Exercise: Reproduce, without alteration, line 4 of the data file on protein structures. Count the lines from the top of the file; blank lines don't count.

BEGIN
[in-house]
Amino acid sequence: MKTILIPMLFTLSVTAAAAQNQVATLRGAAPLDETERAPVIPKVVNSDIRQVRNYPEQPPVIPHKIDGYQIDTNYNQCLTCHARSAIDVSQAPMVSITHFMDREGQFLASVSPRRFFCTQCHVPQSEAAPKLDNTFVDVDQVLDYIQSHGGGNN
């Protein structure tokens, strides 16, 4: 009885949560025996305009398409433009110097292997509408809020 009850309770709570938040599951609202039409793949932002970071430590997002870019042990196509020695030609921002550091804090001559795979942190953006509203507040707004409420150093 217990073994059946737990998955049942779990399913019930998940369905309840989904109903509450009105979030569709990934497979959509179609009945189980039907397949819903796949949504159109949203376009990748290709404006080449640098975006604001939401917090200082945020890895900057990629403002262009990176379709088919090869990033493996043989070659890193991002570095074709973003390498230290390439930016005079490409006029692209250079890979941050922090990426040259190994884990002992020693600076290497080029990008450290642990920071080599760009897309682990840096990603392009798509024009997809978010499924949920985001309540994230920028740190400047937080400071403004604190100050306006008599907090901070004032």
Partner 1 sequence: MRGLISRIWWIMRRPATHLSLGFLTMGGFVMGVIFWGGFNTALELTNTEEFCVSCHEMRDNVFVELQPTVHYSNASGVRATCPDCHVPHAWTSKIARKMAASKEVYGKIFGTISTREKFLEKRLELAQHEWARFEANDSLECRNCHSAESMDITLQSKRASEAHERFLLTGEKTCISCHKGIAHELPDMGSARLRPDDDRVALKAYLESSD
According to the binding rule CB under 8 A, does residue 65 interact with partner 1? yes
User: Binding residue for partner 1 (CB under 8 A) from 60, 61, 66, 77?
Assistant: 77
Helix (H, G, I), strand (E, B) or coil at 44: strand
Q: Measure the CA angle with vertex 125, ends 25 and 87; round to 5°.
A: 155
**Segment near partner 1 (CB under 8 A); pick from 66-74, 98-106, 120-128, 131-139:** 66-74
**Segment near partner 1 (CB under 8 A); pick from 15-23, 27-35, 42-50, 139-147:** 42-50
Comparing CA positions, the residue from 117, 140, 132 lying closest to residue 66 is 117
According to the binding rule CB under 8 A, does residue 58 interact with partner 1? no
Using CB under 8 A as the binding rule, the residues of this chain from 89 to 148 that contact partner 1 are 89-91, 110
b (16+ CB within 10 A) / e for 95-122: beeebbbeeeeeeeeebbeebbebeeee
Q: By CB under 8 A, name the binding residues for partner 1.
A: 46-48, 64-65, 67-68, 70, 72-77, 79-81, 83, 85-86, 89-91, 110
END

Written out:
Partner 1 sequence: MRGLISRIWWIMRRPATHLSLGFLTMGGFVMGVIFWGGFNTALELTNTEEFCVSCHEMRDNVFVELQPTVHYSNASGVRATCPDCHVPHAWTSKIARKMAASKEVYGKIFGTISTREKFLEKRLELAQHEWARFEANDSLECRNCHSAESMDITLQSKRASEAHERFLLTGEKTCISCHKGIAHELPDMGSARLRPDDDRVALKAYLESSD